Councilwoman Fisher to Bhalla Administration: ‘Help us to help you’ on budget & parking
Response to Mayor Bhalla’s 2019 budget and anti-business parking proposal – try again.
On Monday, Mayor Bhalla delivered his 2019 Municipal Budget to the Hoboken City Council. The budget included a 2.5% increase in appropriations and relied heavily on future parking revenue increases from his recently proposed Dynamic Pricing parking meter plan. But then, just a day later on Tuesday, Mayor Bhalla publicly announced his support for undoing the same parking meter increases that helped fund his 2019 budget. Creating uncertainties about underfunding and lack of confidence in the draft budget, this led the Hoboken City Council to choose not to introduce the budget at its council meeting last night, but rather asking the administration to take another stab at their proposed budget.
“Given the radical changes they proposed that would impact parking revenue, the Administration clearly needs more time to reconcile their policy views with their budget and we want to help give them that time. We want to see the Mayor sharpen his pencil in terms of cost-cutting and provide more transparency about how he plans to replenish the city’s rainy day fund (surplus) that has been depleted by almost $5 million.” Councilwoman Tiffanie Fisher, Chair of the Revenue, Finance and Infrastructure subcommittee.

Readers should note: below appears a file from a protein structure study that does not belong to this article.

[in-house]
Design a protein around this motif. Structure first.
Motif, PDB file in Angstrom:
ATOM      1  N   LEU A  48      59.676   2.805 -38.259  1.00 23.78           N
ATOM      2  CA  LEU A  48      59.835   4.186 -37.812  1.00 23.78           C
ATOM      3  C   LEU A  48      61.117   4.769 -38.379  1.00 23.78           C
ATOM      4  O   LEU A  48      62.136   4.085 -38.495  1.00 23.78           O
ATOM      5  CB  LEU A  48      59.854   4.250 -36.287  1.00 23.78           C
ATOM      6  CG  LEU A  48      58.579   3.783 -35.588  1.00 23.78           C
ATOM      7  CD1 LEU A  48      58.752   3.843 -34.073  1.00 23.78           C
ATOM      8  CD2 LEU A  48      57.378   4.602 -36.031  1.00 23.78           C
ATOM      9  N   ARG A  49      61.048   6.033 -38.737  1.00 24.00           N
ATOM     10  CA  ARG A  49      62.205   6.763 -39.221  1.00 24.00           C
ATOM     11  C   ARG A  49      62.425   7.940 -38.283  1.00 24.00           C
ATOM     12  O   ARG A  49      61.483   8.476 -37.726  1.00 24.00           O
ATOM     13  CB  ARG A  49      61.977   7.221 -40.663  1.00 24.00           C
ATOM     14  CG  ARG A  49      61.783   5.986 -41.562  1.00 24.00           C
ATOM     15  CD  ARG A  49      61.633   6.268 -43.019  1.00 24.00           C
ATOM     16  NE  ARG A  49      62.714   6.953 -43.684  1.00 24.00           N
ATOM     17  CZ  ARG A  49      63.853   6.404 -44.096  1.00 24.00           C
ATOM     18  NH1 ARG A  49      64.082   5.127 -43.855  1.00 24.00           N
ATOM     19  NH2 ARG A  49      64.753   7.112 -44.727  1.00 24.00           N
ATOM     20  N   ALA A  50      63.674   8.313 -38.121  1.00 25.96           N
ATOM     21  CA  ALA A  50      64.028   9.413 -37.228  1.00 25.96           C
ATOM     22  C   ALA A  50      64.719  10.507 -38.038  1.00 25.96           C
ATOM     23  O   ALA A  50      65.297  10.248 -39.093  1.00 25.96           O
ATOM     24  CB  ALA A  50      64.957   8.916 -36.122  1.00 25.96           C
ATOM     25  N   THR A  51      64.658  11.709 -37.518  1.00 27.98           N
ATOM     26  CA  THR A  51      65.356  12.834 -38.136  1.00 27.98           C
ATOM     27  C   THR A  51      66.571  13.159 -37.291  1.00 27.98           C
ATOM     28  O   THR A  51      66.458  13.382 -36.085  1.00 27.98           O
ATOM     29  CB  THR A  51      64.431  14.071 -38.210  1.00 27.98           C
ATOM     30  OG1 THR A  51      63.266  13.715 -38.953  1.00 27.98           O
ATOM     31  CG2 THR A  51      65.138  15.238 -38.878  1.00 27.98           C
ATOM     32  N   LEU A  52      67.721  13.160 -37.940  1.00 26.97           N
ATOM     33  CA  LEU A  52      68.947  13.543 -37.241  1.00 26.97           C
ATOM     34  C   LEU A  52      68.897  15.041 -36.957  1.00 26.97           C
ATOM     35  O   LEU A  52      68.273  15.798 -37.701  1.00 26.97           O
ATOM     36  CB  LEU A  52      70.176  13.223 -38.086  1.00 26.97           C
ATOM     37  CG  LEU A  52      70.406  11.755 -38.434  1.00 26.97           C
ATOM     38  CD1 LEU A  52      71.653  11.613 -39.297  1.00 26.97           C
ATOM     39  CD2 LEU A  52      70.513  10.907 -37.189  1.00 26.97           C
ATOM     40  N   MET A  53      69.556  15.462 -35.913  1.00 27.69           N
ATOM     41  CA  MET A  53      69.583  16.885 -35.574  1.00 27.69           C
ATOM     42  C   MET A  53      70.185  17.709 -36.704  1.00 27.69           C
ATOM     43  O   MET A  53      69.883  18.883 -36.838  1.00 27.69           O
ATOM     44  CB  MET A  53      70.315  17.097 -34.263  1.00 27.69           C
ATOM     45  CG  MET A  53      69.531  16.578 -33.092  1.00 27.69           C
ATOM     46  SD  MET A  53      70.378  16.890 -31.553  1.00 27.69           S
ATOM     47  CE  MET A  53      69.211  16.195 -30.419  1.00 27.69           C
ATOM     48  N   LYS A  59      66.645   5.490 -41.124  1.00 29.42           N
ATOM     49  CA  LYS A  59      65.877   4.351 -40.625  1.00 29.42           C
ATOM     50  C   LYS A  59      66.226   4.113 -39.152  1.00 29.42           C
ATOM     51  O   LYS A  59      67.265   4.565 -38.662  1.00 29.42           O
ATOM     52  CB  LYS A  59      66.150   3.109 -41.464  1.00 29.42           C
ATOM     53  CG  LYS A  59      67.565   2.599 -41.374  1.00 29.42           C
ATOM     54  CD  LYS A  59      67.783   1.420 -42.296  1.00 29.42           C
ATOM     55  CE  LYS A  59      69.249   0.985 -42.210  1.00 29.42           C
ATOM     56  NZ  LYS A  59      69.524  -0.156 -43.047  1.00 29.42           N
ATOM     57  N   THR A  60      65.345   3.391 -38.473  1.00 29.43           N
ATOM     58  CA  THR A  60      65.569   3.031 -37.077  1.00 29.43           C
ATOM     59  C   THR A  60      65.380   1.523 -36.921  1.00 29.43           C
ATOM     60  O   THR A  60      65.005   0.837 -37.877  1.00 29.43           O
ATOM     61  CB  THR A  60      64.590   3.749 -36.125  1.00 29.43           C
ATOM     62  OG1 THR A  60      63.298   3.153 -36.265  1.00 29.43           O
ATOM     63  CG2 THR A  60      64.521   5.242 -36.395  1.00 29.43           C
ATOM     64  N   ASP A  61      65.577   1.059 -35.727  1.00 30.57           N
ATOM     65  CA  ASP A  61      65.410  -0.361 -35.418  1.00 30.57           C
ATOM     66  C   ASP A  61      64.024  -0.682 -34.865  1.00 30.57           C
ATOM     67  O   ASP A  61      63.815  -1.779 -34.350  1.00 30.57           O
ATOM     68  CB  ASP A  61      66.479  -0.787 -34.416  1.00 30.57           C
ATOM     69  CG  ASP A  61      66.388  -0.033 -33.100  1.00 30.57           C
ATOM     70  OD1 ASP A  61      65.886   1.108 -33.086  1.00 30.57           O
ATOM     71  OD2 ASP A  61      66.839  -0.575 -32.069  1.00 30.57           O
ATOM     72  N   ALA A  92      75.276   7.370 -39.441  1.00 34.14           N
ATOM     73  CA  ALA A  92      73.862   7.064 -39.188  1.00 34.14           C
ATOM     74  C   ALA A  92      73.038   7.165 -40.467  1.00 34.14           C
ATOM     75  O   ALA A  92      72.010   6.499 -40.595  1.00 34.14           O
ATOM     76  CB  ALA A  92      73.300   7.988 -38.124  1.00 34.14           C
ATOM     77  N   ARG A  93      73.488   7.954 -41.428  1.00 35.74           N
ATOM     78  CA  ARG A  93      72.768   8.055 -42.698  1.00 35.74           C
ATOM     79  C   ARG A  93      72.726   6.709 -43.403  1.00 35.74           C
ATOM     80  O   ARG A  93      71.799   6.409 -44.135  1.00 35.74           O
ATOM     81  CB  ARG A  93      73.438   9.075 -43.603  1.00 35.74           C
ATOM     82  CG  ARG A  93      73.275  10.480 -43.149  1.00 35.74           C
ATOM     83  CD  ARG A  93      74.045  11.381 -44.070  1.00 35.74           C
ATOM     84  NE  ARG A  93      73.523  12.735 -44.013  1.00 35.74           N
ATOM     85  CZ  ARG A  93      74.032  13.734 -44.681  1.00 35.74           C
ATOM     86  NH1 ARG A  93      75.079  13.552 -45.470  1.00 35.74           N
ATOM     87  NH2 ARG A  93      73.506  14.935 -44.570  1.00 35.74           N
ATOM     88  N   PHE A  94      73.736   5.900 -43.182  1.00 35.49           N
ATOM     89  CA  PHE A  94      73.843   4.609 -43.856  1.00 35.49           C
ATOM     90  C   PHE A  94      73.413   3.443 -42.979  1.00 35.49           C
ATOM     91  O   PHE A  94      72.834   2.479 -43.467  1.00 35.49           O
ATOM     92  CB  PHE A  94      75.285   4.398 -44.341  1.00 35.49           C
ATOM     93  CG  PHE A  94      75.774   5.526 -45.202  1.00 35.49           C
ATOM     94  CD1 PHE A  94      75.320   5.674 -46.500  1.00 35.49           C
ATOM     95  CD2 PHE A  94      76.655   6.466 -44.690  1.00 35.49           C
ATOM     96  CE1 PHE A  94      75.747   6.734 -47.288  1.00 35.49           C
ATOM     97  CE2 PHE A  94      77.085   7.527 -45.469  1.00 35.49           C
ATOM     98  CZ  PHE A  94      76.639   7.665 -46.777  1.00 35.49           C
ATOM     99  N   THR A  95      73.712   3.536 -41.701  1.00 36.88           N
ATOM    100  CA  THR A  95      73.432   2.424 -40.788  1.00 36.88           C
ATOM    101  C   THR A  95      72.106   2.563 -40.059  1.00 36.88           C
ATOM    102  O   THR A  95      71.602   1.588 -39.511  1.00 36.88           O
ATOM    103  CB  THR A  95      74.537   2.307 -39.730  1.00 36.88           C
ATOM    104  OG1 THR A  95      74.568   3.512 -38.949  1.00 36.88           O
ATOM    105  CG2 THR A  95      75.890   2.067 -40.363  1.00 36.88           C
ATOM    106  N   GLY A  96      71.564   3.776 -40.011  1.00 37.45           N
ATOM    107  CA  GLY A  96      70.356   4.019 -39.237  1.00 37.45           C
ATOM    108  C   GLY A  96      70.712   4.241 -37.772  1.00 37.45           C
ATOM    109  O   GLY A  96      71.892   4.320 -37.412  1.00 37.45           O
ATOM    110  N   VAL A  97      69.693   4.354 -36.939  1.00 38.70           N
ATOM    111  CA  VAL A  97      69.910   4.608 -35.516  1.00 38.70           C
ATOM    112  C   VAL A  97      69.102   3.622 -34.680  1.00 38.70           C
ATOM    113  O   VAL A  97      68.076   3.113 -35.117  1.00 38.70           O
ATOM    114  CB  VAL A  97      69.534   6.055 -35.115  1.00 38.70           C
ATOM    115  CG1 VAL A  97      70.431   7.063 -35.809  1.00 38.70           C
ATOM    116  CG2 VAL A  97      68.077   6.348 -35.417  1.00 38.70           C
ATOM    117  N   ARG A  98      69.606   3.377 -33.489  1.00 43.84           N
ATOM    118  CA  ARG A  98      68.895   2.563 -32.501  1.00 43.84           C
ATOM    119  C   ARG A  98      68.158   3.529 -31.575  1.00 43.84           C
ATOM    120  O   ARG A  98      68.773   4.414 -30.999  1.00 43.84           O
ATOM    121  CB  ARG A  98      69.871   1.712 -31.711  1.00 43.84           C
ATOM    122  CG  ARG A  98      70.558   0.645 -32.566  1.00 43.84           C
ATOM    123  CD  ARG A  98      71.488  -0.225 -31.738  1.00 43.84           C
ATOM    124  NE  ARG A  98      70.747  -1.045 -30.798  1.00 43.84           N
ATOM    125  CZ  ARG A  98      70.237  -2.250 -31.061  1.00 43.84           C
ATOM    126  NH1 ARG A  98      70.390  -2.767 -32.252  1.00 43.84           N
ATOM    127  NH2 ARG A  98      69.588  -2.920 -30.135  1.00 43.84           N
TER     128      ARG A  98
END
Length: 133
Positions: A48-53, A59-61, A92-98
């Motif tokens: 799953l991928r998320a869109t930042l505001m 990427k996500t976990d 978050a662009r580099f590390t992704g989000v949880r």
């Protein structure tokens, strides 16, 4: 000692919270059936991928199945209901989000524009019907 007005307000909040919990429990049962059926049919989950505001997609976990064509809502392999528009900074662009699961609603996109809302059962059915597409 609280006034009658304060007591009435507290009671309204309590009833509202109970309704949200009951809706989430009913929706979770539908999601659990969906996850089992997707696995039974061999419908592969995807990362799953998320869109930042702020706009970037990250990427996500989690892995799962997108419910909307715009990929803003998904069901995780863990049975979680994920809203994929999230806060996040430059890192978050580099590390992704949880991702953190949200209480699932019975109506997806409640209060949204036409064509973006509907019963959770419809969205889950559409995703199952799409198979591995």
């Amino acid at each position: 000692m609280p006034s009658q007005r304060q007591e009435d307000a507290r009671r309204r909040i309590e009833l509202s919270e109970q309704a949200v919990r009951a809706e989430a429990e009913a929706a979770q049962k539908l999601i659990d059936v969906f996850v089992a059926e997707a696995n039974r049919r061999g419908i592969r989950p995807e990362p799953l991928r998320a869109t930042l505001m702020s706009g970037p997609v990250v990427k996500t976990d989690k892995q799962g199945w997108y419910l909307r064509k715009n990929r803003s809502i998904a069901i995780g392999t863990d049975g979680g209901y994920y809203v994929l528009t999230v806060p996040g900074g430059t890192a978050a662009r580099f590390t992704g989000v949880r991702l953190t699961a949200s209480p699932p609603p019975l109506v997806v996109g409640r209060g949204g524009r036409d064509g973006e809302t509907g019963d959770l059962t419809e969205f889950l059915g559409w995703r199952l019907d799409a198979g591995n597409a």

The Mayor’s reversal on the dynamic pricing came in response to significant pushback from residents. However, his and Councilman Russo’s response was a proposed ordinance repealing the rate increases that also came with a concerning anti-business provision: allowing Hoboken residents to take up critical parking spaces in Hoboken’s central business district for free, for four hours. When Councilman Russo refused to remove this anti-business provision when asked by his council colleagues, Councilwoman Fisher introduced, and the City Council approved, a parallel ordinance which also repealed the prior parking rate increases leaving unchanged the free parking for residents citywide except at meters in certain business areas.
“We need to find the right balance that promotes our businesses that we all want to see succeed, that contributes to the growing financial and parking related needs of our city and does not penalize our own residents. No matter what, parking meter rates on Washington St. need to go up from $1/hr. This level disincentives turnover which is critical for our local businesses to survive. I am looking forward to working with my colleagues on a new plan, and with the Mayor and his Administration on finalizing a 2019 budget we can all support.”